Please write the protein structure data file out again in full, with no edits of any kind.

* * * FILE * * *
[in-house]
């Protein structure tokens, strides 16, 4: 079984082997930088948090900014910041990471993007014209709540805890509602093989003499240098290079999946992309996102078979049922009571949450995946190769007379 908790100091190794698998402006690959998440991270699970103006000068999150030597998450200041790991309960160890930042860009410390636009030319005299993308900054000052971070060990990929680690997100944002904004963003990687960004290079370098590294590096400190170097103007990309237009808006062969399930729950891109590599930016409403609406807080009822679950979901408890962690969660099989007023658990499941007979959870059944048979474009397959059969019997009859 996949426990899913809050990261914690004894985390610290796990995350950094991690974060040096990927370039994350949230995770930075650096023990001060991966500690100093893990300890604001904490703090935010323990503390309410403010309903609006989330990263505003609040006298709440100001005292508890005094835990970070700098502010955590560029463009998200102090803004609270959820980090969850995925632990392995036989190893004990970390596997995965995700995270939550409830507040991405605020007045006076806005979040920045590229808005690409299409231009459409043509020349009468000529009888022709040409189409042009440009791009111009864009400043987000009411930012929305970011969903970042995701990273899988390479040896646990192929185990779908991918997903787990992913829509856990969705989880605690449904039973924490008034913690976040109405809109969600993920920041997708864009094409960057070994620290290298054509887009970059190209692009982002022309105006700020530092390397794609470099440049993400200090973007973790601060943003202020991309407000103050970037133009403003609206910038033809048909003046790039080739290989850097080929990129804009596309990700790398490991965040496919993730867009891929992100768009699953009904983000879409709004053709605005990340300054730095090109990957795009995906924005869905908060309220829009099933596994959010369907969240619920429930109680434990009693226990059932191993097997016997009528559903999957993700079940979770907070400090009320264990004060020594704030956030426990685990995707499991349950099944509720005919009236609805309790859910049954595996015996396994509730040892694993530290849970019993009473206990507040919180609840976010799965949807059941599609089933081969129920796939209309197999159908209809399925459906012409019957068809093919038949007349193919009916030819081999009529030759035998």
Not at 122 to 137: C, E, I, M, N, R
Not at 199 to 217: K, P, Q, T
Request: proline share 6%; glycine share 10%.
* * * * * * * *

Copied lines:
[in-house]
């Protein structure tokens, strides 16, 4: 079984082997930088948090900014910041990471993007014209709540805890509602093989003499240098290079999946992309996102078979049922009571949450995946190769007379 908790100091190794698998402006690959998440991270699970103006000068999150030597998450200041790991309960160890930042860009410390636009030319005299993308900054000052971070060990990929680690997100944002904004963003990687960004290079370098590294590096400190170097103007990309237009808006062969399930729950891109590599930016409403609406807080009822679950979901408890962690969660099989007023658990499941007979959870059944048979474009397959059969019997009859 996949426990899913809050990261914690004894985390610290796990995350950094991690974060040096990927370039994350949230995770930075650096023990001060991966500690100093893990300890604001904490703090935010323990503390309410403010309903609006989330990263505003609040006298709440100001005292508890005094835990970070700098502010955590560029463009998200102090803004609270959820980090969850995925632990392995036989190893004990970390596997995965995700995270939550409830507040991405605020007045006076806005979040920045590229808005690409299409231009459409043509020349009468000529009888022709040409189409042009440009791009111009864009400043987000009411930012929305970011969903970042995701990273899988390479040896646990192929185990779908991918997903787990992913829509856990969705989880605690449904039973924490008034913690976040109405809109969600993920920041997708864009094409960057070994620290290298054509887009970059190209692009982002022309105006700020530092390397794609470099440049993400200090973007973790601060943003202020991309407000103050970037133009403003609206910038033809048909003046790039080739290989850097080929990129804009596309990700790398490991965040496919993730867009891929992100768009699953009904983000879409709004053709605005990340300054730095090109990957795009995906924005869905908060309220829009099933596994959010369907969240619920429930109680434990009693226990059932191993097997016997009528559903999957993700079940979770907070400090009320264990004060020594704030956030426990685990995707499991349950099944509720005919009236609805309790859910049954595996015996396994509730040892694993530290849970019993009473206990507040919180609840976010799965949807059941599609089933081969129920796939209309197999159908209809399925459906012409019957068809093919038949007349193919009916030819081999009529030759035998």
Not at 122 to 137: C, E, I, M, N, R
Not at 199 to 217: K, P, Q, T
Request: proline share 6%; glycine share 10%.